By Leigh Cook and Carol Massa
As Sparks Grove continues our journey as catalysts for change in our industry and with our clients, our everyday work is constantly evolving. Experimentation is key in our business and culture, because it’s how we explore and iterate new ways of thinking and challenge ourselves to continually improve.
In our previous blog post about Human Experience (HX) we elaborated on our core HX design principles and how we create more human experiences:
These principles help us place humans at the center of every challenge we solve and every experience we create for customers, employees and communities. We derive significant value by designing for human experiences:
To demonstrate how we as a firm strive to bring human experiences to life, we recently designed and hosted an experiential event at one of our headquarter city’s cultural landmarks, the Atlanta History Center. Fittingly, the Center features an open, contemporary and approachable design which connects visitors with past, present, future and each other. Every aspect of the evening was crafted to elicit meaning, purpose and connection for attendees, and inspire them to think about advancing human experience within their own organizations and roles. Participants were given the opportunity to immerse in, and apply, our human experience principles by working their way through stations focused on meaning, purpose, connection.
Purpose – participants uncovered their purpose through a digital quiz based on their selected values, which then determined their archetype from a broader set of archetypes created by our team for the event.
Connection – participants connected with each other, sharing values they chose, their archetypes and what human experience means for them personally.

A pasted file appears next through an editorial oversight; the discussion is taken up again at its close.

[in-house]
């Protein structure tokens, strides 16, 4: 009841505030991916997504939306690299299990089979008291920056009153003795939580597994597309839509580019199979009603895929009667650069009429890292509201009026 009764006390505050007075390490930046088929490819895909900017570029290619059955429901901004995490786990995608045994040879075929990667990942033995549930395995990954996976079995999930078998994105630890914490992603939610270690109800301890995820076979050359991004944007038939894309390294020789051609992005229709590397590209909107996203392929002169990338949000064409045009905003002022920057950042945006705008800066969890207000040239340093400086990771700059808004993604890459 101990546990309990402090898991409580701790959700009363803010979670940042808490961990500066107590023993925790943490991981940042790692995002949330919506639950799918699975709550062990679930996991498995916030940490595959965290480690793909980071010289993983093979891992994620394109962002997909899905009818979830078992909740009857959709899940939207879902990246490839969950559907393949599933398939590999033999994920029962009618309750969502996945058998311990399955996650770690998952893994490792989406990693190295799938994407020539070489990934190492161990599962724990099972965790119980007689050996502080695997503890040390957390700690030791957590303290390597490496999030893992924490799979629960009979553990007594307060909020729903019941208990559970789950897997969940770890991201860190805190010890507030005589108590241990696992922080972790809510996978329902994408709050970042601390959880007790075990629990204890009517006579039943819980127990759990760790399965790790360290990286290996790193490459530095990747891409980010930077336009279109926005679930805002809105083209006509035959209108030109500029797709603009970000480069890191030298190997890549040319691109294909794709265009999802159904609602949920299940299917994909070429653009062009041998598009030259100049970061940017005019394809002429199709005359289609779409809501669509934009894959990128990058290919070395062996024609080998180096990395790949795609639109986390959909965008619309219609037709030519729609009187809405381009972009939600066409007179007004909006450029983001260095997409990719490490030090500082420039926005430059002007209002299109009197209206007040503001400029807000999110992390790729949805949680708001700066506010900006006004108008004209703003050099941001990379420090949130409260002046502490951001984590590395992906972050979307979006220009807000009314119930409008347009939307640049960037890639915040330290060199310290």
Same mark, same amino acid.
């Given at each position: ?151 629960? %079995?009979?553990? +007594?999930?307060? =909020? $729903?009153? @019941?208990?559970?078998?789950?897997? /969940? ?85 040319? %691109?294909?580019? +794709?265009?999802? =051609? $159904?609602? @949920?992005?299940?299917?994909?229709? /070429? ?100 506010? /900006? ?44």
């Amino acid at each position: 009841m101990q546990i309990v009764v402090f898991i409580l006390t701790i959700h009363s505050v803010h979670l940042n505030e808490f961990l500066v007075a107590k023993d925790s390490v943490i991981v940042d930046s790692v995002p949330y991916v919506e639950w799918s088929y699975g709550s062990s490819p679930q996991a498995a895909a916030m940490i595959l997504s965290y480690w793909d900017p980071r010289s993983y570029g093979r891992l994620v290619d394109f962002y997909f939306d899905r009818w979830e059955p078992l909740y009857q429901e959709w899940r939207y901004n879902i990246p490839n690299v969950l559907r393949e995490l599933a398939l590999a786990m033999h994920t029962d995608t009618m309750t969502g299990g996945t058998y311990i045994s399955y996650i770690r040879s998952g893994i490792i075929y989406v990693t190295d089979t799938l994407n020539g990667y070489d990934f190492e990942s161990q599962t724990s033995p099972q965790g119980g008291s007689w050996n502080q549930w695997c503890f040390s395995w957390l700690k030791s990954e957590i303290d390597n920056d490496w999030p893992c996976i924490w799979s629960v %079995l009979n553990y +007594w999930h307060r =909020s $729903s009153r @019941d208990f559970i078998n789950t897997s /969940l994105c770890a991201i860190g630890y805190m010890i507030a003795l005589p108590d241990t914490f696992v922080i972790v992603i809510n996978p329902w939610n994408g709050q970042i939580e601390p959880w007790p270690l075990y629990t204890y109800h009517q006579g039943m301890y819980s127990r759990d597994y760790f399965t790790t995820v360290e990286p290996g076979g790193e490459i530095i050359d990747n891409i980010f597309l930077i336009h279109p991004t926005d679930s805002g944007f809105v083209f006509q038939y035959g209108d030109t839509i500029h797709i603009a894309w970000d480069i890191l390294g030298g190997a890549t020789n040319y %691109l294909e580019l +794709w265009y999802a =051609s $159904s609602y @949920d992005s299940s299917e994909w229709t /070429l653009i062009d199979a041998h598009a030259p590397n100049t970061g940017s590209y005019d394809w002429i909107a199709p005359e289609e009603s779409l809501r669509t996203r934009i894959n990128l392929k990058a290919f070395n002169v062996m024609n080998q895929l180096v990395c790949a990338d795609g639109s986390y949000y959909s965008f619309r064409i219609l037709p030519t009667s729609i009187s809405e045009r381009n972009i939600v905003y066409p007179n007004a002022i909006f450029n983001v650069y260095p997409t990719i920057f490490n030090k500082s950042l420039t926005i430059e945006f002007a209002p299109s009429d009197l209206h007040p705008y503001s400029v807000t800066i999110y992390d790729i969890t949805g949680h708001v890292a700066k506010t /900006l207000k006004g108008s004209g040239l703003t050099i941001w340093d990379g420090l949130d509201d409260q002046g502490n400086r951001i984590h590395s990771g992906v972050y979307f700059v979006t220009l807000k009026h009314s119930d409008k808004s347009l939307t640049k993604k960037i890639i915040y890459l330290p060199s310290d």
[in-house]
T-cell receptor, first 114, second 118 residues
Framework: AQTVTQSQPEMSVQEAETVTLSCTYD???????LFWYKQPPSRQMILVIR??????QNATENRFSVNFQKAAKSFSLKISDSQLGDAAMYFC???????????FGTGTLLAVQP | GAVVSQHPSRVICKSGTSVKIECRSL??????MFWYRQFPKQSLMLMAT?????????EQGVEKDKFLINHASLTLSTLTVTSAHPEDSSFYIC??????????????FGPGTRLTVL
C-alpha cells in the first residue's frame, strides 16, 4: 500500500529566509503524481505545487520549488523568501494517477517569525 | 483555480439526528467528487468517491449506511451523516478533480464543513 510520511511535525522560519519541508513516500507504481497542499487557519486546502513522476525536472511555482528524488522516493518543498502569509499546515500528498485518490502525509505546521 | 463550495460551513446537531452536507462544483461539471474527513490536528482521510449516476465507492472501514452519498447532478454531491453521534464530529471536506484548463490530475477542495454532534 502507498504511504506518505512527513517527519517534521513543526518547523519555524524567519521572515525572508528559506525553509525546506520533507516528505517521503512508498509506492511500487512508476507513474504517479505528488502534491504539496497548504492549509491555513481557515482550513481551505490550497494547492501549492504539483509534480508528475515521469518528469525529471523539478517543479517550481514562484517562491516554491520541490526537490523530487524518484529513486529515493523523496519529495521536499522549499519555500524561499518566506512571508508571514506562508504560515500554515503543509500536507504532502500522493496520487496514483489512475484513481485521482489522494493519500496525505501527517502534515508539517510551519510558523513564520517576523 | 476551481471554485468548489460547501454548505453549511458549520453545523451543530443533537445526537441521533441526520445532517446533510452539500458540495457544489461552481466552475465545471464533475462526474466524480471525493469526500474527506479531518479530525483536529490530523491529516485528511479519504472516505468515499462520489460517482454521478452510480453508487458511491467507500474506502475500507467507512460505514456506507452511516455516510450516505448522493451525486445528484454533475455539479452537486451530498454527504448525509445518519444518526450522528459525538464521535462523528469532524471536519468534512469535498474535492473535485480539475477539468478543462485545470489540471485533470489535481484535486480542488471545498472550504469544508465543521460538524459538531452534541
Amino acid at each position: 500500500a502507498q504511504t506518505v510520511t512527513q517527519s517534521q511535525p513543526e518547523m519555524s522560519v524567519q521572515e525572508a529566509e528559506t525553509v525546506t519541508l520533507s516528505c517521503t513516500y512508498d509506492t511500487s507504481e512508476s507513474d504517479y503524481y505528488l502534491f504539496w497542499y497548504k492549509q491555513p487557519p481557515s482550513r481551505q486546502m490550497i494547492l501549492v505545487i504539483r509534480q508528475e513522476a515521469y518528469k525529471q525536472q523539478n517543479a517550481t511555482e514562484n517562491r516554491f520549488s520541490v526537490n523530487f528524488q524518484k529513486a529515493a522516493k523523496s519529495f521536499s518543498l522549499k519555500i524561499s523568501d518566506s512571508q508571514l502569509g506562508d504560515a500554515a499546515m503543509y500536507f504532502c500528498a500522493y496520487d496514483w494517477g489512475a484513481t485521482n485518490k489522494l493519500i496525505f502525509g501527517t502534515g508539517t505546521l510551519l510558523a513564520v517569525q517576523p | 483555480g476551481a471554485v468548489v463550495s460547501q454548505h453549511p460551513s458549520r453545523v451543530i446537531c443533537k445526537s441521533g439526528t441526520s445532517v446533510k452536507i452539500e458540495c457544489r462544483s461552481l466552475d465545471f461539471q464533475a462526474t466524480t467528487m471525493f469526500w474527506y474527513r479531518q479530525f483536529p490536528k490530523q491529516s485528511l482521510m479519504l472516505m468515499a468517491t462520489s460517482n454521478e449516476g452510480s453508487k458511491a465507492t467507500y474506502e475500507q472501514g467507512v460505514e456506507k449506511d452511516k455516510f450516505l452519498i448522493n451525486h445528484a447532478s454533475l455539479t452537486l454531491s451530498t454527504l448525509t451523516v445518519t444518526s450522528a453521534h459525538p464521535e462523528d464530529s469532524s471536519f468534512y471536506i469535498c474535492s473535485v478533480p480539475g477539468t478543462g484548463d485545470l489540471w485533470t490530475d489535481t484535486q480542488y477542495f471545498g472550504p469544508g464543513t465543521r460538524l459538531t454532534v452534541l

The evening was capped with a panel discussion comprised of generous, energetic professionals and friends of Sparks Grove from various industries such as executive coaching to service design to a children’s museum. Participants asked questions and deepened their practical understanding of how to design and deliver human experiences in their own organizations. Several themes emerged from the dialogue, inspiring those in the room to think about what’s next in HX and how it can be integrated within their own work:
- How to execute HX internally
- How to build organizations that live and breathe HX
- How HX is a design-centric approach which goes beyond human-centered design, and also goes beyond other traditional disciplines to solve problems and create opportunity
Above all, this HX event brought to life two of the most important outcomes of successful experience design: insightful, authentic dialogue and meaningful, memorable interactions. It illustrated how experiences for each individual are highly influenced by personal context, culture and industry, which continues to inspire and energize us as we evolve our own thinking in designing solutions for employees, customers and communities.
If you’d like to learn more about HX and how it can evoke change in your organization, contact Leigh Cook at email@example.com